Ruth Bader Ginsburg undergoes treatment for gallbladder condition, but she'll be back at work in the morning
Ruth Bader Ginsburg underwent nonsurgical treatment for a benign gallbladder condition Tuesday afternoon at John Hopkins Hospital in Baltimore, a court spokeswoman said in a statement.
After the court's first day of oral arguments by phone Monday morning, Ginsburg went for outpatient tests at a hospital in Washington. Those tests, according to the statement, "confirmed that she was suffering from a gallstone that had migrated to her cystic duct, blocking it and causing an infection."
Ginsburg is currently "resting comfortably" and will participate in Wednesday's oral arguments by phone from the hospital. She expects to stay in the hospital for a "day or two."
Ginsburg, 87, has suffered four bouts of cancer.
The justices are hearing oral arguments by telephone because of Covid-19, and Wednesday they are scheduled to hear a case concerning the Affordable Care Act's so-called contraceptive mandate.
Ginsburg has a lengthy history of medical issues.
She missed oral arguments for the first time in January 2019, while recovering from surgery after two cancerous nodules were removed from her left lung the month prior. At the time, she participated in the cases by reading transcripts. The liberal justice had already received treatment in November 2018 for three ribs she fractured during a fall in her office. And in August 2019, she was treated for pancreatic cancer.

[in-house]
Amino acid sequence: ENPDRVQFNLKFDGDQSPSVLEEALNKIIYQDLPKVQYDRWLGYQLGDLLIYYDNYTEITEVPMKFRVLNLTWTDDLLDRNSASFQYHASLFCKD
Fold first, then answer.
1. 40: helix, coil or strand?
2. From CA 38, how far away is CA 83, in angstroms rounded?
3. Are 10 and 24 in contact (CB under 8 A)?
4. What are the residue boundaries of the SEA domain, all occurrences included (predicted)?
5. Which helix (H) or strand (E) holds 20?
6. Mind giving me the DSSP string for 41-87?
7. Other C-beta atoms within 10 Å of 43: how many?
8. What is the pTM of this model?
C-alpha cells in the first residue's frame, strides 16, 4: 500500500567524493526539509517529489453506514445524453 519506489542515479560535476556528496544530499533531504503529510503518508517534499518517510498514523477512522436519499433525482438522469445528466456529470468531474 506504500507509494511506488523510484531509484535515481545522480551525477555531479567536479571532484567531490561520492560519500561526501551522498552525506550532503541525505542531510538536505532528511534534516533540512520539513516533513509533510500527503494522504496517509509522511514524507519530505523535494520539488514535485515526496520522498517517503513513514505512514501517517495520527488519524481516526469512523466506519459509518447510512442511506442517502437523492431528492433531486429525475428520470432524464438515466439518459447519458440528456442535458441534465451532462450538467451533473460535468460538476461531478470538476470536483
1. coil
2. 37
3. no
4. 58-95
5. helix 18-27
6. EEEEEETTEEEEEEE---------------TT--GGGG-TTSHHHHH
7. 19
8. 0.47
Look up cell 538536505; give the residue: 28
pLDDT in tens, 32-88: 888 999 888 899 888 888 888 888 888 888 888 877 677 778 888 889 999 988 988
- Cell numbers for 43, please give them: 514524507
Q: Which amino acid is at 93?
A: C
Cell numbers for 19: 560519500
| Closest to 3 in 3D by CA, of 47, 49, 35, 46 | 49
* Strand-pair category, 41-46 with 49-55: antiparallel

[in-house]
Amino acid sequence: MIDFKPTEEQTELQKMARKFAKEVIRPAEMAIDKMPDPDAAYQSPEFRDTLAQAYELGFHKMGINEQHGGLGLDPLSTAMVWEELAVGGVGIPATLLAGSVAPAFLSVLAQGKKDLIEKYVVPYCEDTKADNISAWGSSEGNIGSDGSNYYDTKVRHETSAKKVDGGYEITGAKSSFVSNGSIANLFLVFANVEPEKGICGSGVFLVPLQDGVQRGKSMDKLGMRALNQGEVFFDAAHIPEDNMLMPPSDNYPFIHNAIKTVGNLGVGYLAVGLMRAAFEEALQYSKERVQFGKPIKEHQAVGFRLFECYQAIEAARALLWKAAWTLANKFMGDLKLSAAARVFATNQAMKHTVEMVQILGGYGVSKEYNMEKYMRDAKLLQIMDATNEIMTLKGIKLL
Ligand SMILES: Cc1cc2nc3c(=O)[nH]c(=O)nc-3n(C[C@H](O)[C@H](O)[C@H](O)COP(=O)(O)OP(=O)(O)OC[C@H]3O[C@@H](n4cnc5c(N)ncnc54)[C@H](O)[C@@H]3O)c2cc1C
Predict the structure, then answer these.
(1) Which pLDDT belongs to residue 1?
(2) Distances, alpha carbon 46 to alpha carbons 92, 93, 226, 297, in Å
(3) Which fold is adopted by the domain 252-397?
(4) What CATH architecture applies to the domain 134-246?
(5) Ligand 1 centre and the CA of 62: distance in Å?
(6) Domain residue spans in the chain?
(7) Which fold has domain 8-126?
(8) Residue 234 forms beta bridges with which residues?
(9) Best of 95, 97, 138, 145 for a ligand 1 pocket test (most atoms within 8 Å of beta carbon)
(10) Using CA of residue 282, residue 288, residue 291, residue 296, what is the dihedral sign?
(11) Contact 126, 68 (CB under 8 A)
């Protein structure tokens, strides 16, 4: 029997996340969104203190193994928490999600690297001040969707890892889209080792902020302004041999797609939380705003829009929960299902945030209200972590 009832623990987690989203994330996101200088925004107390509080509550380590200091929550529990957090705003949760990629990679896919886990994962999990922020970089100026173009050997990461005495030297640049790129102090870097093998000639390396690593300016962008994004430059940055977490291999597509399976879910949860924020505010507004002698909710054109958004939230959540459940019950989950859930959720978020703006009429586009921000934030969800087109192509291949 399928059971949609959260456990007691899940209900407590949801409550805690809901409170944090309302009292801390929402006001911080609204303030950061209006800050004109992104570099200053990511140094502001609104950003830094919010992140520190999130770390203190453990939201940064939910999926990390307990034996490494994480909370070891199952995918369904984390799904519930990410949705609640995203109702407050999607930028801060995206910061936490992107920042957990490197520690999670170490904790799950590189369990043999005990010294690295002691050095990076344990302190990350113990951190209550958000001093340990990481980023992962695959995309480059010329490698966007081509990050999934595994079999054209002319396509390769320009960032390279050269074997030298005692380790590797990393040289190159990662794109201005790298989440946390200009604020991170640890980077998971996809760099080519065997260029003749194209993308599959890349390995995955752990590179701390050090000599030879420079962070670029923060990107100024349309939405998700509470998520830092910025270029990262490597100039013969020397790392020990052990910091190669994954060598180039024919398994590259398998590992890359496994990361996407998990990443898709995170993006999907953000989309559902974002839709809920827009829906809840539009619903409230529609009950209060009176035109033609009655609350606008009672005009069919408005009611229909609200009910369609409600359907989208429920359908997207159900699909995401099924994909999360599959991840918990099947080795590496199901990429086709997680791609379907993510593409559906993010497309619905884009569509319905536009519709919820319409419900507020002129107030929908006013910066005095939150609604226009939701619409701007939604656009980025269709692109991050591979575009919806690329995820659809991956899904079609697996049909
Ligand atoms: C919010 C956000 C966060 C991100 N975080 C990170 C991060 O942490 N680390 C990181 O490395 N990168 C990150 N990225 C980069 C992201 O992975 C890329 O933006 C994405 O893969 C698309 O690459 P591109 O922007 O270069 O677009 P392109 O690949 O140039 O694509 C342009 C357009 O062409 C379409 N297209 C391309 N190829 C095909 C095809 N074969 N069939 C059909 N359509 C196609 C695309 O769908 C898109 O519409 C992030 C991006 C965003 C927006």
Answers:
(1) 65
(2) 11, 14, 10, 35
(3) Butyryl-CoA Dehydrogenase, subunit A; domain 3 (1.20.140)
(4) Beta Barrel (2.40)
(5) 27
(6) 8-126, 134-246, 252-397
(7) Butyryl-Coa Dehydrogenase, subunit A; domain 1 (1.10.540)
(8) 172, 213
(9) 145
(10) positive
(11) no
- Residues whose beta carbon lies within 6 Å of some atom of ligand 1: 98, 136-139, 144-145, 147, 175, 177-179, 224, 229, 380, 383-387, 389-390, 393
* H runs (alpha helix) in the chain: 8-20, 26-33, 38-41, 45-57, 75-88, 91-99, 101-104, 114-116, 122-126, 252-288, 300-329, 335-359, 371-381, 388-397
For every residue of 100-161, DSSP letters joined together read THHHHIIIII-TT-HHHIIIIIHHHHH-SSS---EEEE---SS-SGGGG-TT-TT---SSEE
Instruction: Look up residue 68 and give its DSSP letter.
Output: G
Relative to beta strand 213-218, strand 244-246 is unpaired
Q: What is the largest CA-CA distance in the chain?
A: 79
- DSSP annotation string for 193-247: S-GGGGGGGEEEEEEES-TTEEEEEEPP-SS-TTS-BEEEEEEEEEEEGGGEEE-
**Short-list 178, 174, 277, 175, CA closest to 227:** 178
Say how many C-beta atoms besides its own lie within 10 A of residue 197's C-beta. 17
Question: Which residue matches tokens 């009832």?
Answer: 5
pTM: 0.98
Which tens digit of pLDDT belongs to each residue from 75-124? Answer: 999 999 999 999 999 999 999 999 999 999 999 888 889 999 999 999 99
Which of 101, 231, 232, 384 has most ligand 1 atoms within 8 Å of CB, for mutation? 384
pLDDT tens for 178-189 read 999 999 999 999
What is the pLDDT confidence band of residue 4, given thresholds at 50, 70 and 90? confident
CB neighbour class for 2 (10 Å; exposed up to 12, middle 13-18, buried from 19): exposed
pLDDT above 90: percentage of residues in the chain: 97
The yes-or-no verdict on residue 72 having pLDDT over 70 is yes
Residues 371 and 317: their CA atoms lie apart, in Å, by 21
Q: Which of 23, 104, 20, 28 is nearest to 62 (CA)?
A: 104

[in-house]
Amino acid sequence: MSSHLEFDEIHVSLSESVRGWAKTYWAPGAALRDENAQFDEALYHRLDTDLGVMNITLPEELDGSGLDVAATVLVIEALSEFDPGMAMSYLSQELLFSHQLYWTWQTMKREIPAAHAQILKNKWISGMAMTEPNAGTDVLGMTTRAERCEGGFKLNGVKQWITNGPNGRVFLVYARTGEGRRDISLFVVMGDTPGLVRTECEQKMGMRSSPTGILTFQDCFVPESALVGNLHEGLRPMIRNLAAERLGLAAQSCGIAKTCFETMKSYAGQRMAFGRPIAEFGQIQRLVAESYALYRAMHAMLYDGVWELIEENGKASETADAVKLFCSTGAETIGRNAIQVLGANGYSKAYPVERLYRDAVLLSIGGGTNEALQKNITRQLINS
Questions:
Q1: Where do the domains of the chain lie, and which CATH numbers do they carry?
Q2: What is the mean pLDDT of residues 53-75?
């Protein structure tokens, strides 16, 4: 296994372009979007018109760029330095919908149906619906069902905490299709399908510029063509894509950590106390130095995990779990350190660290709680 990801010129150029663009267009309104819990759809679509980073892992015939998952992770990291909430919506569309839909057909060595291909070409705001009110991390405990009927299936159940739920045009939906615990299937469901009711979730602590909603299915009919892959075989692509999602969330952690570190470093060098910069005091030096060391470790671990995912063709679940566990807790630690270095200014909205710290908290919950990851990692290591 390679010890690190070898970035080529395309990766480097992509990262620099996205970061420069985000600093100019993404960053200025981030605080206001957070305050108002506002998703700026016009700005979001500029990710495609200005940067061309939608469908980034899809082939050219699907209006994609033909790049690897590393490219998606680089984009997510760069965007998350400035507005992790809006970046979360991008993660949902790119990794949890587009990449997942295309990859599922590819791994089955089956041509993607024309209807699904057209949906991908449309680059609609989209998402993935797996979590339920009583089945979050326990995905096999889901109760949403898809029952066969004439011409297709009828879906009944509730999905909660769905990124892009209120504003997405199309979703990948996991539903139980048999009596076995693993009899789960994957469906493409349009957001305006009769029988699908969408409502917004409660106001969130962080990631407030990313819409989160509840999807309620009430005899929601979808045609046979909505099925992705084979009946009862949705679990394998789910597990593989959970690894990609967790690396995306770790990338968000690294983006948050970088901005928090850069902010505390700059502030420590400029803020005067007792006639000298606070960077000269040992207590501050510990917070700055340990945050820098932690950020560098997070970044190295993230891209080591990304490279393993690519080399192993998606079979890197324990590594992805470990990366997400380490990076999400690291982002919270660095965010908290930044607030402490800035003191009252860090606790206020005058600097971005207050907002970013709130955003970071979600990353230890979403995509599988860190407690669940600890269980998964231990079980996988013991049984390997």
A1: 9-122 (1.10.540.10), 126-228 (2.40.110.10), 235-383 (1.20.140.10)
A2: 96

As a result, her health has come under increased scrutiny as the court grapples with wide-reaching cases that can transform American law. Since coming to office, President Donald Trump has made two appointments, Neil Gorsuch in 2017 and Brett Kavanaugh in 2018, deepening the conservative tilt.
But even in the face of health complications, Ginsburg has remained an active participant on the high court -- including during Tuesday's oral arguments, which were streamed live on CNN.
And last month, even though the Supreme Court was closed to the public due to the pandemic, Ginsburg was working out there. At the time, Kathy Arberg, the court's spokeswoman, said the justice had her own exercise spot.
"At Justice Ginsburg's request, the Court has set aside the limited private space next to its health facility for Justice Ginsburg to exercise. Her doctors share her view that the training sessions are essential to her well-being," Arberg told CNN.
"The space is being used exclusively by the justice," Arberg added. "No other justices are using the space, and the employee gym is closed to all users."
The liberal icon is best known for her opinions related to civil rights issues, including the landmark case opening up the Virginia Military Institute to women.
Her dissents in recent years have continued to energize Democrats at a time when Republicans control the White House and Senate, and the Supreme Court moves rightward.
In 2013, Ginsburg was dubbed the "Notorious RBG," a play on the late rapper Notorious B.I.G., as a response to a dissent she wrote when the court majority issued a milestone decision rolling back voting-rights protections.
She said last year she'll "stay on the job" as long as she can "do it full steam."
"I was OK this last term. I expect to be OK next term," Ginsburg said. "And after that we'll just have to see."
By Ariane de Vogue and Paul LeBlanc, CNN via The-CNN-Wire™ & © 2020 Cable News Network, Inc., a WarnerMedia Company. All rights reserved.
The Gayly 5/5/2020 @ 10:35 p.m. CST.